Iowa football head coach Kirk Ferentz dissolved the team's alumni advisory diversity committee on Tuesday, per Vanessa Miller and John Steppe of The Gazette, a week after committee chair and former Hawkeye offensive lineman David Porter called on Ferentz to resign.
"I have come to a decision that this is an appropriate time to dissolve our committee as it stands currently,” he wrote in an email to the 10-member alumni committee. "As we start a new calendar year and prepare to move forward with our preparation for the 2022 season, I am giving thought to how we restructure the committee/board in a way that best serves our program moving forward."
On Jan. 2, Porter wrote in a text chain to the advisory group that it was time to "bring in a new head football coach, football staff, and athletic director."
He added that Ferentz will "fall on the sword for his son and his staff because he thinks it's the right thing to do. I disagree. The only way I see to save his legacy, protect the program, help those kids, and continue to move forward at the same time is for Kirk to retire."
That appeared to reference an October meeting between the advisory committee and the coaching staff on a bye week, which Ferentz had tried to cancel to give his staff time off.
Porter had emailed Ferentz on Sept. 20 with one question he wanted the coaches to answer: "What is your role in creating a more diverse, equitable, and inclusive (DEI) environment and what have you done to help foster that environment?"
Porter said that while some coaches prepared an answer for the October meeting, many did not. The conversation also reportedly turned heated when Porter and the committee said they wanted the program to focus more on education, since "football is going to be over somehow and some day, and these kids are student athletes, they're students first."
One coach reportedly responded that "college football is all about money."
Ferentz said his decision to disband the diversity committee was not related to Porter's texts earlier in January.
"Dave Porter did not share his sentiments with me directly,“ he said in a statement. "I was surprised and disappointed by his comment and wish him the best moving forward. His comment had no influence on the decision regarding the advisory committee."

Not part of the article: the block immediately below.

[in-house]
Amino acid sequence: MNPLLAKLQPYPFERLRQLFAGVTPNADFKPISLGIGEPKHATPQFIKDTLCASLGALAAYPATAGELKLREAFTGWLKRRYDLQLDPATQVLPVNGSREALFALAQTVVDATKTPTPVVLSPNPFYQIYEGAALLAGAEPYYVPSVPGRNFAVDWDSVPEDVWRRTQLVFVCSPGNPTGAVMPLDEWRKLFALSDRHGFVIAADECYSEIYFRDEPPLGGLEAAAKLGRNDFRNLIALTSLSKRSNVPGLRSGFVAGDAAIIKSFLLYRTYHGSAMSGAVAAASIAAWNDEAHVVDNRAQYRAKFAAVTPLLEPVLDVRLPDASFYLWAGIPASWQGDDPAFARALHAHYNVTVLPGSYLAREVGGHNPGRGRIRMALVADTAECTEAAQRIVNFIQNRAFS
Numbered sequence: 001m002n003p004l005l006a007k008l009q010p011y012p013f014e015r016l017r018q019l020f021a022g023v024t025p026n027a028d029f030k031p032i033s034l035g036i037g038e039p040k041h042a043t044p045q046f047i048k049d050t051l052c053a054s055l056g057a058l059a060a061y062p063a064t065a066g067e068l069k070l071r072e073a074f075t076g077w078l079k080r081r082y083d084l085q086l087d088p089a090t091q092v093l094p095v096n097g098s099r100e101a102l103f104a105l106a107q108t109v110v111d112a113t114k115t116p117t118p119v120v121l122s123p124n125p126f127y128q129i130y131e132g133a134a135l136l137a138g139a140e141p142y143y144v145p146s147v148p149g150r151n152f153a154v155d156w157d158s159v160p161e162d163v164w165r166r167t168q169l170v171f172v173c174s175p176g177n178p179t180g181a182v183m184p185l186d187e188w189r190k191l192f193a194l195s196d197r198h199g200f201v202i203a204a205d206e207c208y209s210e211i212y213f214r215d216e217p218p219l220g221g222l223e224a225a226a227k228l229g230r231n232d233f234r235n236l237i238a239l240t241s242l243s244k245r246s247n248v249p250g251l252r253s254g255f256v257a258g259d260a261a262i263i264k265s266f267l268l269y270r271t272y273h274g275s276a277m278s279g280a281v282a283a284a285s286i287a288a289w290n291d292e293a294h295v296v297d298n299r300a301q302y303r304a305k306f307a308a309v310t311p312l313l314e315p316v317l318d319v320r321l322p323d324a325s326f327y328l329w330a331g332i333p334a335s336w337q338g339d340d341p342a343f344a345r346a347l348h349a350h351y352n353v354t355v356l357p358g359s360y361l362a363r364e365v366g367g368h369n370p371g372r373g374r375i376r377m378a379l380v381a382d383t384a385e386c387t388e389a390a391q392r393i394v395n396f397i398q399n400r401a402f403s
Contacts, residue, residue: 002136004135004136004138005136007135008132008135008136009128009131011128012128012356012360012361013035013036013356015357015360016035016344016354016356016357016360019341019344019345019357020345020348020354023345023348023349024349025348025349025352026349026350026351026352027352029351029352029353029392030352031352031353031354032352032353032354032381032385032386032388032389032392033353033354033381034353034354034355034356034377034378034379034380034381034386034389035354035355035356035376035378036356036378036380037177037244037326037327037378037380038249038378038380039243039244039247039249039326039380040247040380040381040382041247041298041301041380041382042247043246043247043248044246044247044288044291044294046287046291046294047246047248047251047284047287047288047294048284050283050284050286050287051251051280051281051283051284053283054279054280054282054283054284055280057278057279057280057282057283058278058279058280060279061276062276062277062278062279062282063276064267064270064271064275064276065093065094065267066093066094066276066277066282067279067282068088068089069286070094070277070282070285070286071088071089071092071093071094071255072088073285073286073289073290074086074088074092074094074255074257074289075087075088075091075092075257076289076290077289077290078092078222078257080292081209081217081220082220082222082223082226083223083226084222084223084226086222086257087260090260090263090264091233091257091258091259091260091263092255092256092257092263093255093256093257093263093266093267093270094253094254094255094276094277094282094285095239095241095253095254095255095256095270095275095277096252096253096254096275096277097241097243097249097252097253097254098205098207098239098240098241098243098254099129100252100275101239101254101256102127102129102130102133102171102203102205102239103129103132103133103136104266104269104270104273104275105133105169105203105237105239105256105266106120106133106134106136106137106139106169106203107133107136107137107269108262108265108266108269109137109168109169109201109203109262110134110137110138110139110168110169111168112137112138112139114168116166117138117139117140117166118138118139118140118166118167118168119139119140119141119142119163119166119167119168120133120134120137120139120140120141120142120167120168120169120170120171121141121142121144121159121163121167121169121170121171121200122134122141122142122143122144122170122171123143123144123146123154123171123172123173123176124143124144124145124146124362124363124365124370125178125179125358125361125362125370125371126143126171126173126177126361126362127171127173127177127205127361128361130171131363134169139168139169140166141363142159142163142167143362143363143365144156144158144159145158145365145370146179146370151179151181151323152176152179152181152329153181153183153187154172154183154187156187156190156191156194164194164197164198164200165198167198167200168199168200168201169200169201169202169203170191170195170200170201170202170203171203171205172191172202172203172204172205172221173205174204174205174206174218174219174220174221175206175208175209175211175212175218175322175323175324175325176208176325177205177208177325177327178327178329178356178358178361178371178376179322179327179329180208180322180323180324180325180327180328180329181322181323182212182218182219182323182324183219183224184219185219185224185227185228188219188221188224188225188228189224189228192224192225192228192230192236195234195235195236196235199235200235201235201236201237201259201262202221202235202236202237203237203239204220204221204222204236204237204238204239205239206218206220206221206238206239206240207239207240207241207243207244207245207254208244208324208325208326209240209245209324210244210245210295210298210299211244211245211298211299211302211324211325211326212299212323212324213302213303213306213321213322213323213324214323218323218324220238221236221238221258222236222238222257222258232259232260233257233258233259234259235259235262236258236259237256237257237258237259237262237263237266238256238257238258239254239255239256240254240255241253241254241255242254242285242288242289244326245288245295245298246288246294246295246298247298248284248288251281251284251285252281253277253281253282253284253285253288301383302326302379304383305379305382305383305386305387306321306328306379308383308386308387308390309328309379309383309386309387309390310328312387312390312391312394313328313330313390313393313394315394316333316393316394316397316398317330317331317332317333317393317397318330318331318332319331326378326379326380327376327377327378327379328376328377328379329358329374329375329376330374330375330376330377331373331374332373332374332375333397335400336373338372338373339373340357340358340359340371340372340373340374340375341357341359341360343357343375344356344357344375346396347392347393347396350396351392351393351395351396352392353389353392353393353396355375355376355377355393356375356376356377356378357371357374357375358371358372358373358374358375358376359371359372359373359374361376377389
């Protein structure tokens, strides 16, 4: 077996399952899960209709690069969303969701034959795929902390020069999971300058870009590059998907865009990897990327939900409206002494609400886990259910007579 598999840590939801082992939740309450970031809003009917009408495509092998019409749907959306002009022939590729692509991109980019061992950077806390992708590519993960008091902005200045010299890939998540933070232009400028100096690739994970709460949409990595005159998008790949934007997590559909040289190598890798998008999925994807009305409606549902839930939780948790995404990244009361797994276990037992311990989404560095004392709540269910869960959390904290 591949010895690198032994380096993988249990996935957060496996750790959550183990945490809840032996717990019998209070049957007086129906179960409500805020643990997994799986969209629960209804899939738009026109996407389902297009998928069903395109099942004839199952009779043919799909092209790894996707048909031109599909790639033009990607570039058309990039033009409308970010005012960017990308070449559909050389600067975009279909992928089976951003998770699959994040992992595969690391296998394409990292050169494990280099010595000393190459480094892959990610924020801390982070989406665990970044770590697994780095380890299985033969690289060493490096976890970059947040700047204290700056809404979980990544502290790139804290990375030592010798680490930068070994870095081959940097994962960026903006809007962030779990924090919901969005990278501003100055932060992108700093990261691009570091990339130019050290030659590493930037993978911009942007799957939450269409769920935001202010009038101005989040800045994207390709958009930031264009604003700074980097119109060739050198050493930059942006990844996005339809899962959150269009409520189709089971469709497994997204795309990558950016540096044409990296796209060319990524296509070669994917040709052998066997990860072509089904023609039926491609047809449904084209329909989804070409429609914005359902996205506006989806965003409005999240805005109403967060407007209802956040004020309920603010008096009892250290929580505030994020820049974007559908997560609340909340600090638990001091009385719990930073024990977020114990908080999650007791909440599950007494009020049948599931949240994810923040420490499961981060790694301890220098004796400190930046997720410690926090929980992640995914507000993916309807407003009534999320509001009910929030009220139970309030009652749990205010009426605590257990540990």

The advisory committee was formed in 2020 after a group of former players said publicly that the Iowa program had issues of racism and disproportionately unfair treatment toward Black players within its culture.
In July 2020, the law firm Husch Blackwell conducted an investigation after interviewing 111 people and found the Iowa program "perpetuated racial or cultural biases and diminished the value of cultural diversity."
In Nov. 2020, 12 former Iowa players—including star running back Akrum Wadley—sued the university. While many of the charges in the lawsuit were dismissed by a federal judge, two were allowed to proceed: one that the school fostered a "racially hostile environment" and the other that Brian Ferentz, Kirk's son and the team's offensive coordinator, and former strength coach Chris Doyle used racial slurs and "intentionally discriminated" against Black players.
"There was always a racist joke, or any little insult that my circle of guys, we all experienced," Wadley told Jesse Washington of The Undefeated in December. "Over time, these little things turn into major issues and they take a toll on you."
The elder Ferentz is scheduled for a deposition in the case this month and signed a new contract through the 2029 season on Friday.